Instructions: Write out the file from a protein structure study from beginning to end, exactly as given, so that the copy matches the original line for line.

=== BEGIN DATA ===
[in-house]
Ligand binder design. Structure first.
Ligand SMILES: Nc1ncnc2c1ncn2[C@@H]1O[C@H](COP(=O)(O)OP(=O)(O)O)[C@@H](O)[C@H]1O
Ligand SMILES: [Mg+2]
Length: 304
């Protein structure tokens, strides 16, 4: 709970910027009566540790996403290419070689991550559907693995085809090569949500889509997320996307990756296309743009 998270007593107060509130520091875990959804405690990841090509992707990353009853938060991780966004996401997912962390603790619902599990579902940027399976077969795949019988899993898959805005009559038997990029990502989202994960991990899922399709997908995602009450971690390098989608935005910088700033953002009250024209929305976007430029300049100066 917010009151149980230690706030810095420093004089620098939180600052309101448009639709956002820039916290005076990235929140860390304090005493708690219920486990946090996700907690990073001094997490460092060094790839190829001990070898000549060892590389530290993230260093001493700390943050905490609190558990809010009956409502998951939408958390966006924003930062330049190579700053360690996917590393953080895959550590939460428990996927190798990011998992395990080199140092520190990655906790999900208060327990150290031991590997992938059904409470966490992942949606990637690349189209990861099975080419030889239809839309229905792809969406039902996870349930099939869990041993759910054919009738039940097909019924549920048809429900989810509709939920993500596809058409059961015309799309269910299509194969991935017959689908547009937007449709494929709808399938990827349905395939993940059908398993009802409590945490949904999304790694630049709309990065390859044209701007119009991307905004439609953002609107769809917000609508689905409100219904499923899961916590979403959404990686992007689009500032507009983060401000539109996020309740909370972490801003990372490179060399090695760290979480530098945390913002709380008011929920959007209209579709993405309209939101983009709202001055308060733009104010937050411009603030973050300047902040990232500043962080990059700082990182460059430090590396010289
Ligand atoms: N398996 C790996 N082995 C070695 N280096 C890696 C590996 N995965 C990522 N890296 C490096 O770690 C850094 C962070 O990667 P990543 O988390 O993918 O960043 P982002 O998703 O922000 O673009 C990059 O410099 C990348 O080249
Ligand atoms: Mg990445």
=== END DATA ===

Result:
[in-house]
Ligand binder design. Structure first.
Ligand SMILES: Nc1ncnc2c1ncn2[C@@H]1O[C@H](COP(=O)(O)OP(=O)(O)O)[C@@H](O)[C@H]1O
Ligand SMILES: [Mg+2]
Length: 304
């Protein structure tokens, strides 16, 4: 709970910027009566540790996403290419070689991550559907693995085809090569949500889509997320996307990756296309743009 998270007593107060509130520091875990959804405690990841090509992707990353009853938060991780966004996401997912962390603790619902599990579902940027399976077969795949019988899993898959805005009559038997990029990502989202994960991990899922399709997908995602009450971690390098989608935005910088700033953002009250024209929305976007430029300049100066 917010009151149980230690706030810095420093004089620098939180600052309101448009639709956002820039916290005076990235929140860390304090005493708690219920486990946090996700907690990073001094997490460092060094790839190829001990070898000549060892590389530290993230260093001493700390943050905490609190558990809010009956409502998951939408958390966006924003930062330049190579700053360690996917590393953080895959550590939460428990996927190798990011998992395990080199140092520190990655906790999900208060327990150290031991590997992938059904409470966490992942949606990637690349189209990861099975080419030889239809839309229905792809969406039902996870349930099939869990041993759910054919009738039940097909019924549920048809429900989810509709939920993500596809058409059961015309799309269910299509194969991935017959689908547009937007449709494929709808399938990827349905395939993940059908398993009802409590945490949904999304790694630049709309990065390859044209701007119009991307905004439609953002609107769809917000609508689905409100219904499923899961916590979403959404990686992007689009500032507009983060401000539109996020309740909370972490801003990372490179060399090695760290979480530098945390913002709380008011929920959007209209579709993405309209939101983009709202001055308060733009104010937050411009603030973050300047902040990232500043962080990059700082990182460059430090590396010289
Ligand atoms: N398996 C790996 N082995 C070695 N280096 C890696 C590996 N995965 C990522 N890296 C490096 O770690 C850094 C962070 O990667 P990543 O988390 O993918 O960043 P982002 O998703 O922000 O673009 C990059 O410099 C990348 O080249
Ligand atoms: Mg990445």